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Rugby 2018-01-30T09:32:07+00:00

Rugby

Boys’ Rugby

When William Webb-Ellis allegedly picked up the ball at Rugby School in 1823, Rugby Football was born, and it spread rapidly across the country, initially through the Schools, and then through the Armed Forces and Universities. Perhaps the oldest school in Ulster, the Royal School became one of the first to adopt the game, with the earliest recorded match appearing in the Armagh Guardian in 1870. Indeed the tone of the report carries the implication that it was certainly not the first of such encounters, and maintains the question as to exactly when the game began in the School.

Schools Challenge Cup Winners 1881

The match between a Royal School Twelve and that of a Mr. J.C.K Fox deserves closer scrutiny as it illustrates the kind of interaction which brought the game to Ireland, and indeed took it further afield. John Charles Ker Fox was born at Castledillion and attended the Royal School from 1860 to 1862, before going to Bristol to complete his education at Clifton College. It was as an undergraduate of Trinity College, Dublin that he led his “Twelve” against the School, so may well have been instrumental in bringing the game to both Armagh and nurturing it in Dublin. Speculation aside, Fox was a remarkable man, later playing county cricket for Gloucester, and serving in the Life Guards in Egypt and South Africa, before retiring to London having reached the rank of major in the Royal Enniskillen Fusiliers. The team lists for the day seem to indicate that the school side may well have been augmented by masters, and further research reveals that some, perhaps several, of the participants subsequently travelled the world, and presumably carrying the gospel of rugby with them.

The Ulster Schools’ Cup

Within a few years the game had gained a foothold in sufficient schools as to allow the first Schools’ Challenge Cup competition to be held in the 1875-76 season. The distinction of being the first winners of the competition fell to the Royal School, but not without some difficulty, taking the trophy after two replays against the Royal Academical Institution from Belfast. After further successes in the competition in the immediately ensuing years, the School gained an enviable reputation as an excellent nursery for the game.

Winners of the School’s Cup 1977

The first decade of the competition saw the balance of power move to the city schools and the competition was dominated initially by Belfast “Inst.” and Methodist College, and later by Campbell College a supremacy which obtained until the middle of the twentieth century.

The decline in the fortunes of the Royal was initially to do with the availability of adequate competitive games in the immediate vicinity, but later more to do with the size of the school. It was accelerated just after the turn of the century when a disagreement between the Board and the Headmaster, Mr. Alaster McDonnell saw the latter move to Portora taking virtually all the pupils with him. This included most of the first XV and one, Dickie Lloyd, a brilliant outhalf who saw the Enniskillen School to three Schools’ Cup victories before going on to represent Ireland. A skilled exponent of the drop kick, Lloyd held the record for international drop goals until the 1980’s when it was overtaken by Olly Campbell.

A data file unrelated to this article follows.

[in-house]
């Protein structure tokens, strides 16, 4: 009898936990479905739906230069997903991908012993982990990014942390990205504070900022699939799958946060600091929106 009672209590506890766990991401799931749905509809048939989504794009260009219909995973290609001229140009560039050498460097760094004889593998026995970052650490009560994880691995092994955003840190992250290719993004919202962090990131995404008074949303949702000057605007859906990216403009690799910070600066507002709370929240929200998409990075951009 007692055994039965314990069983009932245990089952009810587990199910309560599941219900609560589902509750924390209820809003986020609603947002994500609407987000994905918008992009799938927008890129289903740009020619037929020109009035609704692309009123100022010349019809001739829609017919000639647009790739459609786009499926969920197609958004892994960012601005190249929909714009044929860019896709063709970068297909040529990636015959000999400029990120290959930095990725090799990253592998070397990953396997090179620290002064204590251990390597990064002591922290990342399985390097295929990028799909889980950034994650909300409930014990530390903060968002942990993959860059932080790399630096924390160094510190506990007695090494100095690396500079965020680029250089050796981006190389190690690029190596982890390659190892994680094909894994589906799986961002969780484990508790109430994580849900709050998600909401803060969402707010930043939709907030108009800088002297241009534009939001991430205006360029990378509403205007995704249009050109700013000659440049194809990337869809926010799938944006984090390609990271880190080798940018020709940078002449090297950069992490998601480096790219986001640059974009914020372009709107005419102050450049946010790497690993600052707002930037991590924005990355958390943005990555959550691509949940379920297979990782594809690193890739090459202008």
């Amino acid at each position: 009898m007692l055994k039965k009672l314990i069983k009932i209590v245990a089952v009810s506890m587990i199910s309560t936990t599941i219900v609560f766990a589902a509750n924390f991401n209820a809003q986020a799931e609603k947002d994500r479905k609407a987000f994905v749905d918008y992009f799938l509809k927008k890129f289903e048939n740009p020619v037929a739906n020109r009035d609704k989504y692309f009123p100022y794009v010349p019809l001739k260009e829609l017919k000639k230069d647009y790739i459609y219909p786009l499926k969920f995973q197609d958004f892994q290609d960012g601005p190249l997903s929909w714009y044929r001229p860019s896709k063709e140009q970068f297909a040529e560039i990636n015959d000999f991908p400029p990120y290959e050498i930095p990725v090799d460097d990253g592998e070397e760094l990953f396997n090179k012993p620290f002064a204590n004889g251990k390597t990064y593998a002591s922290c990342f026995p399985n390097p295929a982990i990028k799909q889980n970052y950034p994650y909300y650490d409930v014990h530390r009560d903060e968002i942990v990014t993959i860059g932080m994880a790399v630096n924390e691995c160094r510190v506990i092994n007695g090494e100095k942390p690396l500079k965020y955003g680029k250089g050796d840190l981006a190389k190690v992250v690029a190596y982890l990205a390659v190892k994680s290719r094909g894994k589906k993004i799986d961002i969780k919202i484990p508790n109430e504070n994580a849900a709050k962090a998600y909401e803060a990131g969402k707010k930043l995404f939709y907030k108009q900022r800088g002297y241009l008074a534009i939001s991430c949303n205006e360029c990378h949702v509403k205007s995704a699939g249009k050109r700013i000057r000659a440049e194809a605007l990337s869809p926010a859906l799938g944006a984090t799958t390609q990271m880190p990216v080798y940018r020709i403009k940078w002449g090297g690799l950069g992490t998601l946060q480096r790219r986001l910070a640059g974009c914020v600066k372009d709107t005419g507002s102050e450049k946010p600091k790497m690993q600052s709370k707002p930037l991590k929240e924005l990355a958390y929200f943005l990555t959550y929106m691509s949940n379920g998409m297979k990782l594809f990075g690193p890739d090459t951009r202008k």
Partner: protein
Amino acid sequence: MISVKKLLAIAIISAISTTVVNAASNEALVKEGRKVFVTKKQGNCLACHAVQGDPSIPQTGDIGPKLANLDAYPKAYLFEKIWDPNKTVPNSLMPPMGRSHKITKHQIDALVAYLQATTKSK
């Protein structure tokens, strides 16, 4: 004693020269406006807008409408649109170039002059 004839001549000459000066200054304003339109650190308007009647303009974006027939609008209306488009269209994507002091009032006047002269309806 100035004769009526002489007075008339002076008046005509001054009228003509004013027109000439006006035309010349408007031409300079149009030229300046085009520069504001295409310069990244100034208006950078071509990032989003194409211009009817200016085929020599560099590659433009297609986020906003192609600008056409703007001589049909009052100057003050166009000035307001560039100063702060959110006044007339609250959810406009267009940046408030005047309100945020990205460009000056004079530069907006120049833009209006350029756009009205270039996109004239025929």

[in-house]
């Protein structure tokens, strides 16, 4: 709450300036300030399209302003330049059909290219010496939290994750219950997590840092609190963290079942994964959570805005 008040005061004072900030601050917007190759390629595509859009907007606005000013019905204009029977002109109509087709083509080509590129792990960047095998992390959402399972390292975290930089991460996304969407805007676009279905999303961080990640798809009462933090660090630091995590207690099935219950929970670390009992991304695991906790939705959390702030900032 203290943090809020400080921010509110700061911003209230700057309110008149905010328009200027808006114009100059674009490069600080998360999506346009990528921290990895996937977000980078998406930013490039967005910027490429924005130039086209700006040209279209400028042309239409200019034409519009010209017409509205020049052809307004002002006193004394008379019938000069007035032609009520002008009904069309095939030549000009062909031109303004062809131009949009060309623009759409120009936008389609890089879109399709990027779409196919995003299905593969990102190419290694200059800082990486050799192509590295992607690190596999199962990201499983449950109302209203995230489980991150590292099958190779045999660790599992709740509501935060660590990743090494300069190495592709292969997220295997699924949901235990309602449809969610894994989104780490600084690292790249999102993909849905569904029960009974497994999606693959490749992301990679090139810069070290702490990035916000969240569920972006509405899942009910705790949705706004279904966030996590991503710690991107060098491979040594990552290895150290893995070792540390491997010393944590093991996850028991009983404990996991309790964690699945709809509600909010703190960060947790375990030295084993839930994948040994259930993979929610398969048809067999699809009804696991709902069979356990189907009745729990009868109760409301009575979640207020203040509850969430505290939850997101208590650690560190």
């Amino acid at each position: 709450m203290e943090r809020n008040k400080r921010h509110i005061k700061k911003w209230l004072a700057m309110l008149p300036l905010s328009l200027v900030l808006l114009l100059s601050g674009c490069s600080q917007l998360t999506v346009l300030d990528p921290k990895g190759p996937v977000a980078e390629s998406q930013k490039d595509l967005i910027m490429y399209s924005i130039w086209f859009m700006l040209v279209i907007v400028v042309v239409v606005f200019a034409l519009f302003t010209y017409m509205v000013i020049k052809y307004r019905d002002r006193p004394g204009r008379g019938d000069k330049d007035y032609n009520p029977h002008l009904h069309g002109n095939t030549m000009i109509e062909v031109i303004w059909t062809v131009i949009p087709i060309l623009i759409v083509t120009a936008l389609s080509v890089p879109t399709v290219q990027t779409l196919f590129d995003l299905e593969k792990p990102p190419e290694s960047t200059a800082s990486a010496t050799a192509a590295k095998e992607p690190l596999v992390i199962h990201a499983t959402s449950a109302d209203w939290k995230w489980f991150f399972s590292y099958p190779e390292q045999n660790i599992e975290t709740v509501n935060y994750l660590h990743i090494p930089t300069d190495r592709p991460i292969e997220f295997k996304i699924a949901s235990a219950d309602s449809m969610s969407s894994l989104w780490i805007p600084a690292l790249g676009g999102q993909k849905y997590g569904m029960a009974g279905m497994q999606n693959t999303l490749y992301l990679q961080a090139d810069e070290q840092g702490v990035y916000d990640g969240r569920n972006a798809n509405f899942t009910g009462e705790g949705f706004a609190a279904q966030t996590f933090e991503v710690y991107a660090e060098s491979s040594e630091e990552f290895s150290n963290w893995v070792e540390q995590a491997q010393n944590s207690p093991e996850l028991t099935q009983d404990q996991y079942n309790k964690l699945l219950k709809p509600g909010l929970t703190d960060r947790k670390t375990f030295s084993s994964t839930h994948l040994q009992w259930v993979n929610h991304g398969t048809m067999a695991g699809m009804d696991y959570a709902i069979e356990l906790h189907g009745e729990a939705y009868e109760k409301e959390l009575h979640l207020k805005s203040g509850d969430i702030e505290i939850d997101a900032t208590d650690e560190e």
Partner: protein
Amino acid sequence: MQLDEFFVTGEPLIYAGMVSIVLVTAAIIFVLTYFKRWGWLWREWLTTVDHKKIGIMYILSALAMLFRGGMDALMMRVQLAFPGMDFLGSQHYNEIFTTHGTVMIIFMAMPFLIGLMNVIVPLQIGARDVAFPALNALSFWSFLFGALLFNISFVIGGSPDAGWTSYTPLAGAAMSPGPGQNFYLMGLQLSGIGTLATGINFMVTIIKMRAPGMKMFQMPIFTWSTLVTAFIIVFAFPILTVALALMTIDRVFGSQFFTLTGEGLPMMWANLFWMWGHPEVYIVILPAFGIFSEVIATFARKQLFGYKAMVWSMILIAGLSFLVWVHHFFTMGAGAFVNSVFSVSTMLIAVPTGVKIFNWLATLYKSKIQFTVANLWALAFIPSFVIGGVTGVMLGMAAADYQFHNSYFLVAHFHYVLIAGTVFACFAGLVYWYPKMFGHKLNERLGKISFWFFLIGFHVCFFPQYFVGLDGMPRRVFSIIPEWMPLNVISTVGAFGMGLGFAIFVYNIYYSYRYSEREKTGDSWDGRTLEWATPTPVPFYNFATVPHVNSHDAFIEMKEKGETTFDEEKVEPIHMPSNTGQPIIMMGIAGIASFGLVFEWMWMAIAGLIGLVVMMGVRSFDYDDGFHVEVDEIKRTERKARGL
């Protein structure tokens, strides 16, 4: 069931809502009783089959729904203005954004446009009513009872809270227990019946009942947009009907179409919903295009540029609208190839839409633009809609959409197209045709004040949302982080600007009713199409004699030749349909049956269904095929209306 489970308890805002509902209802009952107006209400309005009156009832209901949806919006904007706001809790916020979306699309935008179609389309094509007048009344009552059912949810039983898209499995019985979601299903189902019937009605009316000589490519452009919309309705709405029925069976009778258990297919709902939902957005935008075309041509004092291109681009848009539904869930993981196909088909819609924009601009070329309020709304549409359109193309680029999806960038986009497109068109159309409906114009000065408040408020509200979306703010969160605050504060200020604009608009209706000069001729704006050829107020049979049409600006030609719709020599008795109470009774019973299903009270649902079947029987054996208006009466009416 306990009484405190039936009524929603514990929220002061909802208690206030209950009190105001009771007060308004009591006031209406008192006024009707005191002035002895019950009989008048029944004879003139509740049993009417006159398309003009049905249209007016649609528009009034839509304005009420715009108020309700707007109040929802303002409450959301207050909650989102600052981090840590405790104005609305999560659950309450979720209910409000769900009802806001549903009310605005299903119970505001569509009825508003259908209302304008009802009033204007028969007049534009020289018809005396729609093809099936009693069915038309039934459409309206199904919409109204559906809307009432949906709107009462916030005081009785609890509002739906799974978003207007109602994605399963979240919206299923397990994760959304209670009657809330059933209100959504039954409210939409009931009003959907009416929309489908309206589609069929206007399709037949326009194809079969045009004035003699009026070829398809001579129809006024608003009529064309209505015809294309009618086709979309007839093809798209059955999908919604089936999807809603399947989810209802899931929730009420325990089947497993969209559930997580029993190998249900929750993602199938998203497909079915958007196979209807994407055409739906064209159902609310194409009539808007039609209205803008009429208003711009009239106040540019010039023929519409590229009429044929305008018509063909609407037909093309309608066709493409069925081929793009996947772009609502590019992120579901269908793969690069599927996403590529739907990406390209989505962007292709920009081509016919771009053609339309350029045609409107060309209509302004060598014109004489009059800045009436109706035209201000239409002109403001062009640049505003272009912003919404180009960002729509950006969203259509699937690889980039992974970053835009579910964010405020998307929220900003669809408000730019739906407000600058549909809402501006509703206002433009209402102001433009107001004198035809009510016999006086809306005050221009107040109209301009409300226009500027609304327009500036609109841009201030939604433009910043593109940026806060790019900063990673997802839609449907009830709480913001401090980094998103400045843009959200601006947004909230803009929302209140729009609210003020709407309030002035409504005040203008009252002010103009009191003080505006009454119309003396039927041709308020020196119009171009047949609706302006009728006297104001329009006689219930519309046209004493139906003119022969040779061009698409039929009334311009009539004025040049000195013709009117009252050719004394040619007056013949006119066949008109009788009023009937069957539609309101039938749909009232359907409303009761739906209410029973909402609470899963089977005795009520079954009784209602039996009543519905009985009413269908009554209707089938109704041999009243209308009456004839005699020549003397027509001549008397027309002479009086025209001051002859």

School’s Shield 1999

The Royal School appeared in three losing finals, in 1903, 1915 and 1927, before grave misfortune struck in December 1928 when a boy called William Rupert Trotter died on the field of play in a tragic accident. The Headmaster of the time, Mr. Henry Hirsch retired that year and was succeeded by Mr. Hutchings, who, after the cup competition of 1929, withdrew the School from all competitive rugby, effectively the Schools’ Cup. It wasn’t until 1965 on the appointment of Mr. Jim Brennan that the school re-entered the competition. However it was now a much more competitive affair with the big schools even bigger, and new forces to be reckoned with in B.R.A, Bangor Grammar and Ballymena Academy, to name a few. With a complement of 350 boys, the prospect of the School making a mark seemed slim. Nevertheless the enthusiasm of the new Headmaster, and the new phenomenon, the Rugby Coach, saw the Royal School’s star in the ascendancy again. A period in the seventies saw the team compete at the highest level, and, almost inevitably, contrive to win the coveted trophy in 1977. This, amazingly, managed to give the name of the School pride of place in the centre position on the new shield, as the first winners had been on the original shield one hundred years before. Since 1977 further success has proved elusive, despite the school remaining one of the best in the province. Nevertheless, the century has ended on a high note with the winning of the Subsidiary Shield in 1999.

The Future

The game is as healthy as ever, despite the fact that the Royal School remains one of the smallest of the participating establishments. Much of this is due to the enthusiasm and dedication of the staff, as well as the character of the School itself, which nurtures and encourages extra-curricular activities.

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